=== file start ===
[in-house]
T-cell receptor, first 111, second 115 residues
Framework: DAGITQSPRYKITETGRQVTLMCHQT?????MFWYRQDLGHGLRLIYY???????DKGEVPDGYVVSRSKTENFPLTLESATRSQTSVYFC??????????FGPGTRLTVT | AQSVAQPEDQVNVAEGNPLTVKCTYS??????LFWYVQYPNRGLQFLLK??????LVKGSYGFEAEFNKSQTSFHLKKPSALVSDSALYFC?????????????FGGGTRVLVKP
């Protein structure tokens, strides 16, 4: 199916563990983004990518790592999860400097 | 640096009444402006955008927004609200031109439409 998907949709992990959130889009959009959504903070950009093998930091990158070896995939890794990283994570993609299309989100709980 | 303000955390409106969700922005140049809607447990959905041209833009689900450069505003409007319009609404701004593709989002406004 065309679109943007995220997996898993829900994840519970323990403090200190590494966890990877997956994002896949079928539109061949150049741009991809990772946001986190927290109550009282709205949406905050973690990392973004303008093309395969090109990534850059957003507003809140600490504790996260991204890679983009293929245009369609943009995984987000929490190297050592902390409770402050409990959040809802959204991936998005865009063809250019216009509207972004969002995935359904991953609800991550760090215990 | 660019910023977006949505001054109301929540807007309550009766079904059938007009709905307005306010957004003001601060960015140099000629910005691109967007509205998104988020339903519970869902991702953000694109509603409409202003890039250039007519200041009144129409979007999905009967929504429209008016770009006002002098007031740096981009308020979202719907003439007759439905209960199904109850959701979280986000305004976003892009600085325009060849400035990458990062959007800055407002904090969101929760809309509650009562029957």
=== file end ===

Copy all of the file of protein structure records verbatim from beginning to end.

[in-house]
T-cell receptor, first 111, second 115 residues
Framework: DAGITQSPRYKITETGRQVTLMCHQT?????MFWYRQDLGHGLRLIYY???????DKGEVPDGYVVSRSKTENFPLTLESATRSQTSVYFC??????????FGPGTRLTVT | AQSVAQPEDQVNVAEGNPLTVKCTYS??????LFWYVQYPNRGLQFLLK??????LVKGSYGFEAEFNKSQTSFHLKKPSALVSDSALYFC?????????????FGGGTRVLVKP
């Protein structure tokens, strides 16, 4: 199916563990983004990518790592999860400097 | 640096009444402006955008927004609200031109439409 998907949709992990959130889009959009959504903070950009093998930091990158070896995939890794990283994570993609299309989100709980 | 303000955390409106969700922005140049809607447990959905041209833009689900450069505003409007319009609404701004593709989002406004 065309679109943007995220997996898993829900994840519970323990403090200190590494966890990877997956994002896949079928539109061949150049741009991809990772946001986190927290109550009282709205949406905050973690990392973004303008093309395969090109990534850059957003507003809140600490504790996260991204890679983009293929245009369609943009995984987000929490190297050592902390409770402050409990959040809802959204991936998005865009063809250019216009509207972004969002995935359904991953609800991550760090215990 | 660019910023977006949505001054109301929540807007309550009766079904059938007009709905307005306010957004003001601060960015140099000629910005691109967007509205998104988020339903519970869902991702953000694109509603409409202003890039250039007519200041009144129409979007999905009967929504429209008016770009006002002098007031740096981009308020979202719907003439007759439905209960199904109850959701979280986000305004976003892009600085325009060849400035990458990062959007800055407002904090969101929760809309509650009562029957």